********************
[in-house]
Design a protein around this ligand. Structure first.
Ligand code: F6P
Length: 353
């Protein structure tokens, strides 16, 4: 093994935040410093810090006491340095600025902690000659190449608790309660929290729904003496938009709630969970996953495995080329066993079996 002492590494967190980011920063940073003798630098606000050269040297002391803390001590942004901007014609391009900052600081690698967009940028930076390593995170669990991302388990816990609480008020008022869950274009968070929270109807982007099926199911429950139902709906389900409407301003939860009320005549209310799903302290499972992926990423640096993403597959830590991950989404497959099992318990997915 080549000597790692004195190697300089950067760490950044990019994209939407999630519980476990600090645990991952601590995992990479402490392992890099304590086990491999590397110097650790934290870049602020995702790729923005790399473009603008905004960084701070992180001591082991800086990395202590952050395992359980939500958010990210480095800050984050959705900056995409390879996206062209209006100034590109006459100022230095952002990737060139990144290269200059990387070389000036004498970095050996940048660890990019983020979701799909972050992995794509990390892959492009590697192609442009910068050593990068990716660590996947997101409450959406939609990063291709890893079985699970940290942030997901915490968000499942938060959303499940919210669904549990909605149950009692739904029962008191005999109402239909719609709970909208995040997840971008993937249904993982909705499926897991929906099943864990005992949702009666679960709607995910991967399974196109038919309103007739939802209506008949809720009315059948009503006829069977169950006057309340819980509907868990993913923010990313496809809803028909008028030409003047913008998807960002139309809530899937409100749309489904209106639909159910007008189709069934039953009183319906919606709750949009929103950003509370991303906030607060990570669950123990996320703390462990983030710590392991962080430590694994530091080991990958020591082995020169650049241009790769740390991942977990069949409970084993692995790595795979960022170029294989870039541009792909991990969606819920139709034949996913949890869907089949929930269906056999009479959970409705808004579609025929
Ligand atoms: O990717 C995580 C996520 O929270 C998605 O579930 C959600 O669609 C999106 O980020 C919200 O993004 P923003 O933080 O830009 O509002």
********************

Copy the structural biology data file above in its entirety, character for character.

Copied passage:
[in-house]
Design a protein around this ligand. Structure first.
Ligand code: F6P
Length: 353
């Protein structure tokens, strides 16, 4: 093994935040410093810090006491340095600025902690000659190449608790309660929290729904003496938009709630969970996953495995080329066993079996 002492590494967190980011920063940073003798630098606000050269040297002391803390001590942004901007014609391009900052600081690698967009940028930076390593995170669990991302388990816990609480008020008022869950274009968070929270109807982007099926199911429950139902709906389900409407301003939860009320005549209310799903302290499972992926990423640096993403597959830590991950989404497959099992318990997915 080549000597790692004195190697300089950067760490950044990019994209939407999630519980476990600090645990991952601590995992990479402490392992890099304590086990491999590397110097650790934290870049602020995702790729923005790399473009603008905004960084701070992180001591082991800086990395202590952050395992359980939500958010990210480095800050984050959705900056995409390879996206062209209006100034590109006459100022230095952002990737060139990144290269200059990387070389000036004498970095050996940048660890990019983020979701799909972050992995794509990390892959492009590697192609442009910068050593990068990716660590996947997101409450959406939609990063291709890893079985699970940290942030997901915490968000499942938060959303499940919210669904549990909605149950009692739904029962008191005999109402239909719609709970909208995040997840971008993937249904993982909705499926897991929906099943864990005992949702009666679960709607995910991967399974196109038919309103007739939802209506008949809720009315059948009503006829069977169950006057309340819980509907868990993913923010990313496809809803028909008028030409003047913008998807960002139309809530899937409100749309489904209106639909159910007008189709069934039953009183319906919606709750949009929103950003509370991303906030607060990570669950123990996320703390462990983030710590392991962080430590694994530091080991990958020591082995020169650049241009790769740390991942977990069949409970084993692995790595795979960022170029294989870039541009792909991990969606819920139709034949996913949890869907089949929930269906056999009479959970409705808004579609025929
Ligand atoms: O990717 C995580 C996520 O929270 C998605 O579930 C959600 O669609 C999106 O980020 C919200 O993004 P923003 O933080 O830009 O509002």